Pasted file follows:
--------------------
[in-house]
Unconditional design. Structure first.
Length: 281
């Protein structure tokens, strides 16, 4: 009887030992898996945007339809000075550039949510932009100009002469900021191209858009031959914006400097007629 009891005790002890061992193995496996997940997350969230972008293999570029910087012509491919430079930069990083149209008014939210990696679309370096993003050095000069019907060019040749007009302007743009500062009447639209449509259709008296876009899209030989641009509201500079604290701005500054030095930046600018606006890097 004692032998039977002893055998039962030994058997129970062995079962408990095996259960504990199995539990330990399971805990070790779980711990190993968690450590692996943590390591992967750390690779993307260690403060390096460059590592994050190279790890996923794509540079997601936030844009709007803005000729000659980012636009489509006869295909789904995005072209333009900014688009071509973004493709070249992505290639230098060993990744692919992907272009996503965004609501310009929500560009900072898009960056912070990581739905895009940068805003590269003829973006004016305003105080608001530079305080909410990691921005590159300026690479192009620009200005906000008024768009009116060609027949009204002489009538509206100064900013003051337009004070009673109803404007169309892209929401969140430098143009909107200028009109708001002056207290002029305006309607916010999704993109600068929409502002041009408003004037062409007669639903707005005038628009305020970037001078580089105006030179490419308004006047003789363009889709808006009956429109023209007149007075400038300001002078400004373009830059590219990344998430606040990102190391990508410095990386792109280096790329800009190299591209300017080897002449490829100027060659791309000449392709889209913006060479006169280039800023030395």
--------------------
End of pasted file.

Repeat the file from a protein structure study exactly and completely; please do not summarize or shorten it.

[in-house]
Unconditional design. Structure first.
Length: 281
């Protein structure tokens, strides 16, 4: 009887030992898996945007339809000075550039949510932009100009002469900021191209858009031959914006400097007629 009891005790002890061992193995496996997940997350969230972008293999570029910087012509491919430079930069990083149209008014939210990696679309370096993003050095000069019907060019040749007009302007743009500062009447639209449509259709008296876009899209030989641009509201500079604290701005500054030095930046600018606006890097 004692032998039977002893055998039962030994058997129970062995079962408990095996259960504990199995539990330990399971805990070790779980711990190993968690450590692996943590390591992967750390690779993307260690403060390096460059590592994050190279790890996923794509540079997601936030844009709007803005000729000659980012636009489509006869295909789904995005072209333009900014688009071509973004493709070249992505290639230098060993990744692919992907272009996503965004609501310009929500560009900072898009960056912070990581739905895009940068805003590269003829973006004016305003105080608001530079305080909410990691921005590159300026690479192009620009200005906000008024768009009116060609027949009204002489009538509206100064900013003051337009004070009673109803404007169309892209929401969140430098143009909107200028009109708001002056207290002029305006309607916010999704993109600068929409502002041009408003004037062409007669639903707005005038628009305020970037001078580089105006030179490419308004006047003789363009889709808006009956429109023209007149007075400038300001002078400004373009830059590219990344998430606040990102190391990508410095990386792109280096790329800009190299591209300017080897002449490829100027060659791309000449392709889209913006060479006169280039800023030395």